It will take approximately 20-30 hours to complete the course. Consider reserving 3 hours of dedicated time per unit for optimum benefit. The course is approved for 21 Medical Library Association (MLA) Continuing Education credits
Cost is $150.00. The course runs from October 27th – December 5th, 2014.
Registration deadline is October 20th. Visit the course registration site. You will be asked for information that is required to establish access to the course site. /ch
Presenter: Wilbert van Panhuis, Assistant Professor, Department of Epidemiology, Graduate School of Public Health, University of Pittsburgh
When: October 14, 2014 – 10-11 MT, 11-12 CT (The recording will be archived for those unable to attend the live session.)
Where: webmeeting.nih.gov/boost2/ (No registration required)
The Project Tycho team aims to provide open access to public health data from around the world. Currently, the database contains the entire 125 year history of U.S. weekly nationally notifiable disease surveillance reports. All these data are freely available to the public through an easy-to-use online interface. Oftentimes, restricted access to public health data limits opportunities for scientific discovery and technological innovation. The Project Tycho™ team is continuously engaging in new partnerships with scientists, funding, and public health agencies around the world to add or connect new historical and current datasets to the system. New datasets include global dengue surveillance data and Chikungunya data for Latin America.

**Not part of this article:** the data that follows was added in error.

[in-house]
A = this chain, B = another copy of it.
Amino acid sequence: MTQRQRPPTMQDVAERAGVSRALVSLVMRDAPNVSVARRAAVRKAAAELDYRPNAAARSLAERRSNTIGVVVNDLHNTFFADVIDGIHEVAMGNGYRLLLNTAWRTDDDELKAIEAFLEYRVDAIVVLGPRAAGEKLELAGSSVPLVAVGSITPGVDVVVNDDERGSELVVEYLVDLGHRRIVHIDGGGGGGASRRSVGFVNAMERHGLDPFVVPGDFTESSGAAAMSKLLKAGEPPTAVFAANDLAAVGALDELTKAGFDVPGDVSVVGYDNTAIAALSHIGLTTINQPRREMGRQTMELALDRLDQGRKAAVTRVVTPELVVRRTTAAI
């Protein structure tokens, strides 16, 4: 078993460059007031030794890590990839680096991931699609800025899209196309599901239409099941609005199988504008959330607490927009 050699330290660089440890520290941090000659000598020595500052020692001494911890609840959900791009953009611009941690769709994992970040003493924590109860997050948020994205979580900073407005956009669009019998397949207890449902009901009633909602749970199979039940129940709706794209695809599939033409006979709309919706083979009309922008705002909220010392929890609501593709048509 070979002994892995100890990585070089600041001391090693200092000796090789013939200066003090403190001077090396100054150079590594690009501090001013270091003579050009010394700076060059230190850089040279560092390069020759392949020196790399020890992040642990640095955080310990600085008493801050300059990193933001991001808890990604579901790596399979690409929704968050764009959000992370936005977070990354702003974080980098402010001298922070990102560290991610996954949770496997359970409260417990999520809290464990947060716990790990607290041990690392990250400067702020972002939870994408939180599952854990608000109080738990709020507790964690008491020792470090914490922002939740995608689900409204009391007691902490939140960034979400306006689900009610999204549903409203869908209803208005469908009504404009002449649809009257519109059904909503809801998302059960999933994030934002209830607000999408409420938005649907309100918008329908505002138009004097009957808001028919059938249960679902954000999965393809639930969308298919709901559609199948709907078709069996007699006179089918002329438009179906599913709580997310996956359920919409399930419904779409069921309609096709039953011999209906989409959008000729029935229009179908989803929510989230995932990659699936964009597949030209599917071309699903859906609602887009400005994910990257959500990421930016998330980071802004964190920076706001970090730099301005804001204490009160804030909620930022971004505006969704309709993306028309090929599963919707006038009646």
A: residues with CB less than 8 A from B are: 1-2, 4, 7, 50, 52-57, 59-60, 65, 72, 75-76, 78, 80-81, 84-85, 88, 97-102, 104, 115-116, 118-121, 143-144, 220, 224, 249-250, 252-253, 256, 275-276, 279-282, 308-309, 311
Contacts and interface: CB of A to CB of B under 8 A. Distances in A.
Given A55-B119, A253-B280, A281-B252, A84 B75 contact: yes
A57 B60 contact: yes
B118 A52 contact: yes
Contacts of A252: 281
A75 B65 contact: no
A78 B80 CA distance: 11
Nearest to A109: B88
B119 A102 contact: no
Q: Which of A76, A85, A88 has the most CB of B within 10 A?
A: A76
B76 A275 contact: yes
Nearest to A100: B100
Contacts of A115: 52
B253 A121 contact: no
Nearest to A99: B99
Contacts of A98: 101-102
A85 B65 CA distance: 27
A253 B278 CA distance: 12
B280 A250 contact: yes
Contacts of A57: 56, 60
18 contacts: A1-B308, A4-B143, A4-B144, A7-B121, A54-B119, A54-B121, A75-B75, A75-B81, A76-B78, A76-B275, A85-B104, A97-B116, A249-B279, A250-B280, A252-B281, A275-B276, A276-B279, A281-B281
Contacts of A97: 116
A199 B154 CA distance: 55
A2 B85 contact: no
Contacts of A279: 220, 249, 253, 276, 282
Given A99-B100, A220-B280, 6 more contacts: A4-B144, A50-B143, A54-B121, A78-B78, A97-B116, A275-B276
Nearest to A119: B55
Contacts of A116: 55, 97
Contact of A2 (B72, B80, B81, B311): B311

The Project Tycho team is collaborating with international partners from a large variety of scientific disciplines to create innovative analytical approaches to add value to public health data. Analytics range from creative data visualizations to reveal population level patterns of disease spread that help to understand disease causality leading to better control strategies. Currently, about 1,300 people from around the world have registered for free to use Project Tycho data and over 17,000 users have visited the website since the launch in November last year. Project Tycho data are used for research, for student theses, dissertations, and homework, for teaching, and for public advocacy. PH Partners lists Project Tycho as a resource. /ch